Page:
10 Business Tax Breaks Gone from 2018 Returns

The Tax Cuts and Jobs Act made many favorable changes for businesses, including a lower corporate tax rate, a new 20% business income deduction for owners of pass-through entities, and favorable rules for writing off the cost of certain property investments. But it also ended—permanently or temporarily—the ability to claim certain write-offs that businesses have come to know and love. Business Tax Breaks That Went Away in 2018 Here’s what you won’t see on 2018 returns: Entertainment Expenses Until now, you could deduct 50% of the cost of entertaining customers, clients, vendors, and other business associates. Starting in 2018, no deduction can be claimed for entertainment cost, not matter how reasonable or essential it is for your business. So if you take a customer to a ballgame, the cost is on you alone no matter how much business you discuss. Net Operating Loss Carryback If your business has a net operating loss for a tax year ending after 2017, you can no longer carry it back to offset taxable income in certain prior years and receive an immediate tax refund. Instead, the NOL is simply carried forward until it’s used up. The only exception is for farmers, who continue to have access to a 2-year carryback. Business Losses for High-income Owners If you are an owner in a pass-through entity (e.g., sole proprietorship, partnership, S corporation) and you experience a significant business loss, you may not be able to claim it all in the current year. For 2018 through 2025, “excess business losses” are not currently deducible but instead treated as a net operating loss that is carried forward (as explained earlier). Excess business loss means the excess, if any, of business deductions over the sum of business income plus $250,000, or $500,000 on a joint return (adjusted annually for inflation). Transportation Fringe Benefit Deduction You may choose to cover certain employee commuting costs and they aren’t taxed on this fringe benefit. In 2018, up to $260 per month for free parking, transit passes, or van-pooling is tax-free to employees; it remains exempt from employment taxes. But as the employer,…

A Brief Overview on How Tax Reform Affects Choice of Entity

The Tax Cuts and Jobs Act (TCJA), signed by President Trump in Dec. 2017, has significant implications for how businesses will assess the choice of entity. Prior to reform, partnerships were a very common choice of entity, but with the new provisions in TCJA, the C corporation has become an appealing option once again (but […] The post A Brief Overview on How Tax Reform Affects Choice of Entity appeared first on SmallBizClub.

Marijuana Startups: What to Know About Tax Section 280E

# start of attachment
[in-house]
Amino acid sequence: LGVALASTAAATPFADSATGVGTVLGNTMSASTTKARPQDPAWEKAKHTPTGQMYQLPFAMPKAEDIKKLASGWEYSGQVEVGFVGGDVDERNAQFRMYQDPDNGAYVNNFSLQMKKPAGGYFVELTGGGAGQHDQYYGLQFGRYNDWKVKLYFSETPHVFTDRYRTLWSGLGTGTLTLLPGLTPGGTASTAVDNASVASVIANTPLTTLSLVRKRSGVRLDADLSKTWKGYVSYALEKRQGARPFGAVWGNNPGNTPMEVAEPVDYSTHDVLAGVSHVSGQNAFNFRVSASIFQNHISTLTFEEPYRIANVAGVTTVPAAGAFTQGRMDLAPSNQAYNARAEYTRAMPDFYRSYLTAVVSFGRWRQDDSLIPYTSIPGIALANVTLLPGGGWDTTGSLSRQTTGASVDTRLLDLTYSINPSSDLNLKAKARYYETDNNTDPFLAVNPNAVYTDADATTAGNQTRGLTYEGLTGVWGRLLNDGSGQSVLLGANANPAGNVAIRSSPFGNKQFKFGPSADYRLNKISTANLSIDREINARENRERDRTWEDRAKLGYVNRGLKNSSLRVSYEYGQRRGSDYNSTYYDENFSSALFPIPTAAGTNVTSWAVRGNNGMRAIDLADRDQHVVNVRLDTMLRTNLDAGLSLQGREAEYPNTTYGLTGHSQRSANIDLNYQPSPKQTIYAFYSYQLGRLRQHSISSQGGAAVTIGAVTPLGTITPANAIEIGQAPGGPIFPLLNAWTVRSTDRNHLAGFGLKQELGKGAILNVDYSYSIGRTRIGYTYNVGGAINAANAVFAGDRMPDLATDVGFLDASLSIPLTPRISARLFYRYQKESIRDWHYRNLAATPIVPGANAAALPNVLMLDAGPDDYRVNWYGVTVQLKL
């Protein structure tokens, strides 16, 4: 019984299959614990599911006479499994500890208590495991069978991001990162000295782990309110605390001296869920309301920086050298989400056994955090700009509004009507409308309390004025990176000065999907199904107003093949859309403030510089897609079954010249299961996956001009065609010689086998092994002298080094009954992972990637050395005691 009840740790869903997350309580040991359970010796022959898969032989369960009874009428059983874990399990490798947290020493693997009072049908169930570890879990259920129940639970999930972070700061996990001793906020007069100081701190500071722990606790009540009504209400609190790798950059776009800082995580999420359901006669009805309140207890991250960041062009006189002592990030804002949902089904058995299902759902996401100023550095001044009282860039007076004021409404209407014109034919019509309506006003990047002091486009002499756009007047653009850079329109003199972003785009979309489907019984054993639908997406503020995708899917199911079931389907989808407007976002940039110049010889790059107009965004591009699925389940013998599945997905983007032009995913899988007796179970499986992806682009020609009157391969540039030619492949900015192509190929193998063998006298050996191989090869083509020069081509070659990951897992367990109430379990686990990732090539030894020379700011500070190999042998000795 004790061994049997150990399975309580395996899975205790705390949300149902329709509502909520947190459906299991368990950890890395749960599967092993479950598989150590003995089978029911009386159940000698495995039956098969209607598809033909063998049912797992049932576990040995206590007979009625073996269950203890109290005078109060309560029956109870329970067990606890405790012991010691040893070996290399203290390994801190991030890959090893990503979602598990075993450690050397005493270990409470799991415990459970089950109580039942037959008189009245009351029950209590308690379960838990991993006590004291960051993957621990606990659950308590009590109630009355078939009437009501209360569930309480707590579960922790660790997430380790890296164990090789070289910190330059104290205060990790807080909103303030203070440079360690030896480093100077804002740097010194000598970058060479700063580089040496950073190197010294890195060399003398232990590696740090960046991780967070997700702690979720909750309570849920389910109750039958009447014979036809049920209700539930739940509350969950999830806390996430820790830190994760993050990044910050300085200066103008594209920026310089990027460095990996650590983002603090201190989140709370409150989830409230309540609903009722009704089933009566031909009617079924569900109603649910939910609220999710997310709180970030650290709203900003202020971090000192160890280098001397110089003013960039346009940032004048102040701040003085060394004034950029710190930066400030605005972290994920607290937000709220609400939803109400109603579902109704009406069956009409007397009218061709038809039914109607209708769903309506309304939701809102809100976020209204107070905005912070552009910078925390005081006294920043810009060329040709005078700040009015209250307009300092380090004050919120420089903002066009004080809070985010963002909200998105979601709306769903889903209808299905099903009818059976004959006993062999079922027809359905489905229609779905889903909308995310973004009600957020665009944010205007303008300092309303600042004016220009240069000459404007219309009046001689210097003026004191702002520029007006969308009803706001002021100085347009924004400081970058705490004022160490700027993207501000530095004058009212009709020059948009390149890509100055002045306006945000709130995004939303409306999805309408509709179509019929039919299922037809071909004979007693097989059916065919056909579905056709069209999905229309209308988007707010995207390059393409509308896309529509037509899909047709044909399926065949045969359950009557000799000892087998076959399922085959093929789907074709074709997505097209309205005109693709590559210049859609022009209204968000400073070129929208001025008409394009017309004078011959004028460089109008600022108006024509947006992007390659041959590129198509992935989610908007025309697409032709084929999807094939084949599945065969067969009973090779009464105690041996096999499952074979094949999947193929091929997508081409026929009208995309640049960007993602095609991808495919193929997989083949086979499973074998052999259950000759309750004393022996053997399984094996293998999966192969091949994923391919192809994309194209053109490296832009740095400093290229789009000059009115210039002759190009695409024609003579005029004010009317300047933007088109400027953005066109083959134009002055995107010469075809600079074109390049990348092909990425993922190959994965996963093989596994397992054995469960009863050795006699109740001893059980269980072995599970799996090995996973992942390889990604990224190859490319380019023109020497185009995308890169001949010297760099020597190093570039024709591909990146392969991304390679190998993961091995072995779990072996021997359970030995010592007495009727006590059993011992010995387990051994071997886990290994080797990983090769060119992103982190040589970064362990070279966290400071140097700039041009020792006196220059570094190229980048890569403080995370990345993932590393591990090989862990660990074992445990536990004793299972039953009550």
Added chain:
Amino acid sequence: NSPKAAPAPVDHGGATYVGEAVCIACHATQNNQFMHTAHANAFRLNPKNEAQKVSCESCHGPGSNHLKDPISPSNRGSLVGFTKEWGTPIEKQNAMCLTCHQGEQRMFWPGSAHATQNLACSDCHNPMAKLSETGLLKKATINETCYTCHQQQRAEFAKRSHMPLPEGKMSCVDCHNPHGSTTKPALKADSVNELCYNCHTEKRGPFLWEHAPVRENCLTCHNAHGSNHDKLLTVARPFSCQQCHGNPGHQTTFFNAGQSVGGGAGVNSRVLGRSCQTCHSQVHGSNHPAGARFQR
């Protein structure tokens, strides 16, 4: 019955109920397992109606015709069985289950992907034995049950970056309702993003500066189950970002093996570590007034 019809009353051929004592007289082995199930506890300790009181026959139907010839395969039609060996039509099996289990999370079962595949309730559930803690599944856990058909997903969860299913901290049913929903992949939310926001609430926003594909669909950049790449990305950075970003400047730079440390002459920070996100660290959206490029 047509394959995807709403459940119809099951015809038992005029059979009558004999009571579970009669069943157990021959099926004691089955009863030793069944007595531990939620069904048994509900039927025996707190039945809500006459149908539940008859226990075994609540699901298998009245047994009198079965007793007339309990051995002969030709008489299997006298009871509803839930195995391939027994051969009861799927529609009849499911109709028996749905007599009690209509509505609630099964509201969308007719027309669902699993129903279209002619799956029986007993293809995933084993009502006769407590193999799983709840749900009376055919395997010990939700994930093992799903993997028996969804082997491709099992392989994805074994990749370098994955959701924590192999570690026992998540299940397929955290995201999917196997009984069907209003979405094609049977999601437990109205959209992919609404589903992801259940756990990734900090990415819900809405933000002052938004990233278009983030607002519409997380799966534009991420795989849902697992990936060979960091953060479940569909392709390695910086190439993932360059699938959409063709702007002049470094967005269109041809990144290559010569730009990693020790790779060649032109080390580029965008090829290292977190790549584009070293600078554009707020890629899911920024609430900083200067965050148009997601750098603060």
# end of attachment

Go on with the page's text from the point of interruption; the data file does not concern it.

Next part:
When is the sum of the parts greater than the whole? When it’s tax time in the cannabis industry. By now, everyone understands that the federal government does not recognize the decriminalization of cannabis, regardless of state law. Marijuana must be included in any federal law that deals with Schedule I controlled substances. This is where tax section 280E comes into play. If you’re i the marijuana startup biz, here’s what you need to know about this tax section: What Is Section 280E? The one federal law from which no one can escape is the Federal Tax Law. Specifically, 26 U.S. Code Section 280E states that all businesses engaging in the trafficking of cannabis is barred from taking tax deductions or credits of any kind. Translation: cannabis companies have to pay corporate taxes on all revenue. As of December 2017, the highest federal corporate tax rate was 35%. However, most corporations had an effective tax rate of 21%, and some even as low as zero, by offsetting revenue with allowable deductions such as operating expenses, employee salaries, travel expenses, bad debts, and equipment, to name just a few. Cannabis companies were stuck at the 35% rate unless they could take a 280E “Cost of Goods Sold” (COGS) Exception, which allows for the deduction for COGS, such as costs incurred in production and shipping, even where the goods are illegal under federal law. But there’s one caveat: very modern accounting systems for cannabis companies must be used because the exception went into place after the legalization and incorporation of cannabis businesses in most states. Strategize Twice, Incorporate Once The best, or maybe only, time to set up the requisite different accounting systems is during incorporation because to do it correctly, a marijuana startup actually has to create two companies. One company declares it handles all of the parts of the business that can’t take deductions due to Section 280E, such as marijuana production and distribution. The second company declares that it handles all of the “legal” business, such as production and sale of pipes, care services, and even owning and managing…

Georgia: New Sales Tax Compliance Requirements for Online Retailers

Georgia will require online retailers to file sales tax compliance returns beginning January 1, 2019, if their annual Georgia revenues exceed $250,000 or if they have more than 200 separate retail transactions within the state per calendar year. As an alternative to collecting Georgia sales tax from its customers and filing sales tax compliance returns, […] The post Georgia: New Sales Tax Compliance Requirements for Online Retailers appeared first on SmallBizClub.